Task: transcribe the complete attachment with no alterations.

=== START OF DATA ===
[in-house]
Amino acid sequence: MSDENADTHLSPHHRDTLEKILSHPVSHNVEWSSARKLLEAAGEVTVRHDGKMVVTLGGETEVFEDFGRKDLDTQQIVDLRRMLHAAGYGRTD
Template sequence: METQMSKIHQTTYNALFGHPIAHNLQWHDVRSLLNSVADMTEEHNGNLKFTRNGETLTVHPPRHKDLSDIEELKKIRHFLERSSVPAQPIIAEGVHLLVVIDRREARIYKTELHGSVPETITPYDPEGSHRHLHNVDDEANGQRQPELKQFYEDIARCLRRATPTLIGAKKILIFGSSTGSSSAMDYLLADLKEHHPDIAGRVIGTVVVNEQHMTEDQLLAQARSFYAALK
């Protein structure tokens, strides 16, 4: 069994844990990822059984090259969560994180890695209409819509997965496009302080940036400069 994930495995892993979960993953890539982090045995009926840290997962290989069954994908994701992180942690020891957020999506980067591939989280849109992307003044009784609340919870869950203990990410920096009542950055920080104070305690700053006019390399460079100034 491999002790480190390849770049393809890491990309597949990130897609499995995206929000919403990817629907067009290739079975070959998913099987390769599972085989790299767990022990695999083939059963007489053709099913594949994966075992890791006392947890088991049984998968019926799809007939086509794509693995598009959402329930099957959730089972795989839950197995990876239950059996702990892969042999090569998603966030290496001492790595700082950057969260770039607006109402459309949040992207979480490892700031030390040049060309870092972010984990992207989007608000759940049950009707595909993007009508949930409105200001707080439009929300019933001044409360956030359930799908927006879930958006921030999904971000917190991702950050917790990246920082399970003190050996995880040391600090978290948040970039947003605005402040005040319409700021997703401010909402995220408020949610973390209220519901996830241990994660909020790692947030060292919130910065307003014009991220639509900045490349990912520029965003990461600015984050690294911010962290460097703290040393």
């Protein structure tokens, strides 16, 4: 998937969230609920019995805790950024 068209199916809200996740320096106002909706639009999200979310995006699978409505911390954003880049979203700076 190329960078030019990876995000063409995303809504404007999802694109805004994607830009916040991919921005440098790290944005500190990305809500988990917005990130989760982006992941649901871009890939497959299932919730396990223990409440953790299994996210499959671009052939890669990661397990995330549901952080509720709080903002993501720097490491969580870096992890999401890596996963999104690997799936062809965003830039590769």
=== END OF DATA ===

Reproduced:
[in-house]
Amino acid sequence: MSDENADTHLSPHHRDTLEKILSHPVSHNVEWSSARKLLEAAGEVTVRHDGKMVVTLGGETEVFEDFGRKDLDTQQIVDLRRMLHAAGYGRTD
Template sequence: METQMSKIHQTTYNALFGHPIAHNLQWHDVRSLLNSVADMTEEHNGNLKFTRNGETLTVHPPRHKDLSDIEELKKIRHFLERSSVPAQPIIAEGVHLLVVIDRREARIYKTELHGSVPETITPYDPEGSHRHLHNVDDEANGQRQPELKQFYEDIARCLRRATPTLIGAKKILIFGSSTGSSSAMDYLLADLKEHHPDIAGRVIGTVVVNEQHMTEDQLLAQARSFYAALK
């Protein structure tokens, strides 16, 4: 069994844990990822059984090259969560994180890695209409819509997965496009302080940036400069 994930495995892993979960993953890539982090045995009926840290997962290989069954994908994701992180942690020891957020999506980067591939989280849109992307003044009784609340919870869950203990990410920096009542950055920080104070305690700053006019390399460079100034 491999002790480190390849770049393809890491990309597949990130897609499995995206929000919403990817629907067009290739079975070959998913099987390769599972085989790299767990022990695999083939059963007489053709099913594949994966075992890791006392947890088991049984998968019926799809007939086509794509693995598009959402329930099957959730089972795989839950197995990876239950059996702990892969042999090569998603966030290496001492790595700082950057969260770039607006109402459309949040992207979480490892700031030390040049060309870092972010984990992207989007608000759940049950009707595909993007009508949930409105200001707080439009929300019933001044409360956030359930799908927006879930958006921030999904971000917190991702950050917790990246920082399970003190050996995880040391600090978290948040970039947003605005402040005040319409700021997703401010909402995220408020949610973390209220519901996830241990994660909020790692947030060292919130910065307003014009991220639509900045490349990912520029965003990461600015984050690294911010962290460097703290040393």
């Protein structure tokens, strides 16, 4: 998937969230609920019995805790950024 068209199916809200996740320096106002909706639009999200979310995006699978409505911390954003880049979203700076 190329960078030019990876995000063409995303809504404007999802694109805004994607830009916040991919921005440098790290944005500190990305809500988990917005990130989760982006992941649901871009890939497959299932919730396990223990409440953790299994996210499959671009052939890669990661397990995330549901952080509720709080903002993501720097490491969580870096992890999401890596996963999104690997799936062809965003830039590769």